So the the reflection rule will only apply to anything that is NOT 192.168.9.200



  • yes, that is what i was implying with my previous comment about "elaborate on the rule"..  sorry if that was not clear.



  • I'm curious, could you have defined a DNS alias on your network to make the remote server appears to be local? Of course, this doesn't help the local server to reach the remote one.



  • In the source area of your rule you could try ticking the Not checkbox and specify a 'Single Host or Alias' of 192.168.9.200.

    There is not such option on the Port Forward: Edit Screen



  • @haqthat:

    In the source area of your rule you could try ticking the Not checkbox and specify a 'Single Host or Alias' of 192.168.9.200.

    There is not such option on the Port Forward: Edit Screen

    Bump….please help with my last post?



  • You show a screenshot of a firewall rule.
    Gob is talking about NAT rules.

    Are you connecting to the server via an IP or a name?
    If you connect via a name you could simply set up split DNS as described here:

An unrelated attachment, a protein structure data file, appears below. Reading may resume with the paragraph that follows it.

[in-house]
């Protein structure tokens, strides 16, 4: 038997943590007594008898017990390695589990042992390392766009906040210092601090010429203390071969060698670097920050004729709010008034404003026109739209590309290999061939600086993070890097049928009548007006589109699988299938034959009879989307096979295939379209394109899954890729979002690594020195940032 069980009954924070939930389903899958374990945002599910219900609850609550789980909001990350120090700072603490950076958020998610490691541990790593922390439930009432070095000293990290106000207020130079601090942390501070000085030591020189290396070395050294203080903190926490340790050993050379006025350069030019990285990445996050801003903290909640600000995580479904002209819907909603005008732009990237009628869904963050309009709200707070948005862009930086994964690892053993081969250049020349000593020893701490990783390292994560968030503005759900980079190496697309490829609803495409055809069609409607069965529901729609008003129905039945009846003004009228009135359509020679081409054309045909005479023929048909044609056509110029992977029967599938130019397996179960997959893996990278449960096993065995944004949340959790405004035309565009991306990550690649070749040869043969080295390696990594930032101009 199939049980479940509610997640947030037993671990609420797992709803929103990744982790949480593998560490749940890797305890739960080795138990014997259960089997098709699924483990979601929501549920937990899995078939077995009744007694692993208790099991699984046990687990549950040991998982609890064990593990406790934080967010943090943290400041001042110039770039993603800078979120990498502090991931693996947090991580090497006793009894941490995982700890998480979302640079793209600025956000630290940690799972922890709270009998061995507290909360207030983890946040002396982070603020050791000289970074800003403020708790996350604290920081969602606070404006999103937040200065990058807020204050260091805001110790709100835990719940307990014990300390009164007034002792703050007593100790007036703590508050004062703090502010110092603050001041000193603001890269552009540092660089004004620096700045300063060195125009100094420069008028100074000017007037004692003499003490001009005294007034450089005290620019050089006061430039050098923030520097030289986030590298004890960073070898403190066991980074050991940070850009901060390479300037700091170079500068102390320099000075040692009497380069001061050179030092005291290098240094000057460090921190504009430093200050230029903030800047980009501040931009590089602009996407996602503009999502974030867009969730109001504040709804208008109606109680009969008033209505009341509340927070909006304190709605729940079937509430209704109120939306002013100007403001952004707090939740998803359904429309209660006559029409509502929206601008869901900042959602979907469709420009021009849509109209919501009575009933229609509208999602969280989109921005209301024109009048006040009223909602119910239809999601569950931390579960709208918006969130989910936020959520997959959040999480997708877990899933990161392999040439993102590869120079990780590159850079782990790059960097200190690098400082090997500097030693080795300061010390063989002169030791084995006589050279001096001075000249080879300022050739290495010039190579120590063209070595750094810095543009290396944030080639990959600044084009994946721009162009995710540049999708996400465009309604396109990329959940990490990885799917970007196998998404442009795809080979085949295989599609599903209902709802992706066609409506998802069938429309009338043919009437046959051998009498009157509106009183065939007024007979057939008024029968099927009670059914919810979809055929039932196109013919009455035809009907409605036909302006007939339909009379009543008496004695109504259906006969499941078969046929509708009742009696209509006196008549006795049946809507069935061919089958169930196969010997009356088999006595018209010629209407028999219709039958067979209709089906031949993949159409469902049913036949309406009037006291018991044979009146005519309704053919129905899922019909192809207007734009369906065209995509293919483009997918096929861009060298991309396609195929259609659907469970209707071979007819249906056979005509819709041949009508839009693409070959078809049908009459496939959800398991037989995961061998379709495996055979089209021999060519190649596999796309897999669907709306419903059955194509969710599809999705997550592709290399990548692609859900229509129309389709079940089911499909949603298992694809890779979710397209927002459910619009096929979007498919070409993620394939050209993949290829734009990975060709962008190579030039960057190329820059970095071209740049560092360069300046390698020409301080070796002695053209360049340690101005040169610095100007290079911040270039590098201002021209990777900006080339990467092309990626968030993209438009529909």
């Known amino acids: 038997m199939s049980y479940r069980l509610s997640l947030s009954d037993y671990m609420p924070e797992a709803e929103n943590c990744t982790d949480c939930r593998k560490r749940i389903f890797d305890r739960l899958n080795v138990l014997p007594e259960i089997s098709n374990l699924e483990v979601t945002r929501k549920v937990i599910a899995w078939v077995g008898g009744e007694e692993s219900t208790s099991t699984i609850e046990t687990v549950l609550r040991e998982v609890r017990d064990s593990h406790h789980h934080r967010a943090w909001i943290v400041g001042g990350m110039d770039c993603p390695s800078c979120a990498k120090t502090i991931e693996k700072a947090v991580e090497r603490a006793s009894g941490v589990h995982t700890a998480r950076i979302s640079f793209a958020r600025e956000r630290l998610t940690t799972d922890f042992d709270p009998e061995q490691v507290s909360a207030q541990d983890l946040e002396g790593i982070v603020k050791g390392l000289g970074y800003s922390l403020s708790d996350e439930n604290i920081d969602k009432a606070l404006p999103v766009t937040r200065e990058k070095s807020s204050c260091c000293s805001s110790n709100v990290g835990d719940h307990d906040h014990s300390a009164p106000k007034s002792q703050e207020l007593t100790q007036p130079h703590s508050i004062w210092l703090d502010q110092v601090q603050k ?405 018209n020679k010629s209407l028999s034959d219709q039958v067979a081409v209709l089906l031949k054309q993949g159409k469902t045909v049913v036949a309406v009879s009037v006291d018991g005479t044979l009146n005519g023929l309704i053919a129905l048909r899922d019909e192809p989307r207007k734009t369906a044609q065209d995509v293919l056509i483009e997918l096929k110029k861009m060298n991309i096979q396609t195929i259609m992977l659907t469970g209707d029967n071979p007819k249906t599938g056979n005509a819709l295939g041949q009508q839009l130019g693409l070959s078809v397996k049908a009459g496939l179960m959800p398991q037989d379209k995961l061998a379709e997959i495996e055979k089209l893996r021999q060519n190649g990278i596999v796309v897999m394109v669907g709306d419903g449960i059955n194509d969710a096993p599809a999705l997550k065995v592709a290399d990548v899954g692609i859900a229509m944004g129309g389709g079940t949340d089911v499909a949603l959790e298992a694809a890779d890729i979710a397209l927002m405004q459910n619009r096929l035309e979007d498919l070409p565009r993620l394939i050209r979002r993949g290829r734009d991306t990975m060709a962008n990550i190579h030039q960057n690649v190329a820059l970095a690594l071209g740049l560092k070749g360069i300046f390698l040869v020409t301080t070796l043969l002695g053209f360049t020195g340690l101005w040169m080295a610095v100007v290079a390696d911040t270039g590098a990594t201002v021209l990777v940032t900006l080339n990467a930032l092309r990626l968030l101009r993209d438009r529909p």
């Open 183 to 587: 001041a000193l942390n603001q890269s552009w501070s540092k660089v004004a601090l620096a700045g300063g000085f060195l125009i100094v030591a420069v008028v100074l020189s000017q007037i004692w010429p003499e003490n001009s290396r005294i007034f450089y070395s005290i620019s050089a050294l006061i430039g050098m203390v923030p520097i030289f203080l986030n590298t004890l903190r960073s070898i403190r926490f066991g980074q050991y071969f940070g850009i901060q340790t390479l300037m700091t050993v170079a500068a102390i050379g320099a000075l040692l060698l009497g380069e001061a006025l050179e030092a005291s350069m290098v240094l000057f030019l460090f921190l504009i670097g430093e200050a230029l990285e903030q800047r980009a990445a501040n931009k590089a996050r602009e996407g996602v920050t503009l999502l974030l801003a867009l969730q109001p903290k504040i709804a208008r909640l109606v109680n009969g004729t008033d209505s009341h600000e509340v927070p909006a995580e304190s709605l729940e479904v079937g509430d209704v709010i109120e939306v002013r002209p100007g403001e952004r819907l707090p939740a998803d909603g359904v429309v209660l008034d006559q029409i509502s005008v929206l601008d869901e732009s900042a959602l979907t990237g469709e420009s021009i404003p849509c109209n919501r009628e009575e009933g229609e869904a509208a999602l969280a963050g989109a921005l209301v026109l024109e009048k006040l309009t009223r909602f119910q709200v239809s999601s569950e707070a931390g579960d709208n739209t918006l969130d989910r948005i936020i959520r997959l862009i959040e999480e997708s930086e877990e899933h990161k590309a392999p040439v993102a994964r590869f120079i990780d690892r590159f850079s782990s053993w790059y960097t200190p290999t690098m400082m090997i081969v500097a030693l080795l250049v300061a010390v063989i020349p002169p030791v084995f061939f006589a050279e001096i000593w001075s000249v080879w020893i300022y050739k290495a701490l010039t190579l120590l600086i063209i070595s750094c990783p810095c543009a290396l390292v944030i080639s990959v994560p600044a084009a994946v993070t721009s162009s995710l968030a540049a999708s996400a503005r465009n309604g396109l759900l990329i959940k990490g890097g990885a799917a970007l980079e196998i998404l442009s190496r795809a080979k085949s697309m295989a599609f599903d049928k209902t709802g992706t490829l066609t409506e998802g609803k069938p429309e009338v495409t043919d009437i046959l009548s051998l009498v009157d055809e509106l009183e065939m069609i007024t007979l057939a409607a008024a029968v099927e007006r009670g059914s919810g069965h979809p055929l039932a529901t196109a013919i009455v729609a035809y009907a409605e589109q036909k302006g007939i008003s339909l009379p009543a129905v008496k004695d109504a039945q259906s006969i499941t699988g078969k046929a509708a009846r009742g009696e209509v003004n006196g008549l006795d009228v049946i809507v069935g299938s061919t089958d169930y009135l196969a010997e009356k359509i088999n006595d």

http://doc.pfsense.org/index.php/Why_can't_I_access_forwarded_ports_on_my_WAN_IP_from_my_LAN/OPTx_networks%3F



  • I have a feeling you may be out of luck.  I seem to recall wanting to specify more detailed info in the port forward rule and couldn't - it is not an issue with pf, but the gui just doesn't make that available.



  • If you had another network interface, you could connect the server to this other interface and use your port forward rule and it would not apply to the server's outbound connections.

    Hmm, thinking about it, there are multiple things that aren't available for port forwards but are available elsewhere that could be useful.  Options like source address or schedules could be potential solutions in this scenario if they could be used on port forwards.  It seems like the available options may have been decided mainly based on how it would be used on the WAN interface, though.  It probably is very uncommon to be forwarding to a different internal address based on the source address from the internet.  As far as schedules, the firewall rule can block connections that would go to the port forward on WAN during the scheduled period, so it probably wasn't considered that people might want to have schedules for the port forward rules themselves.


Locked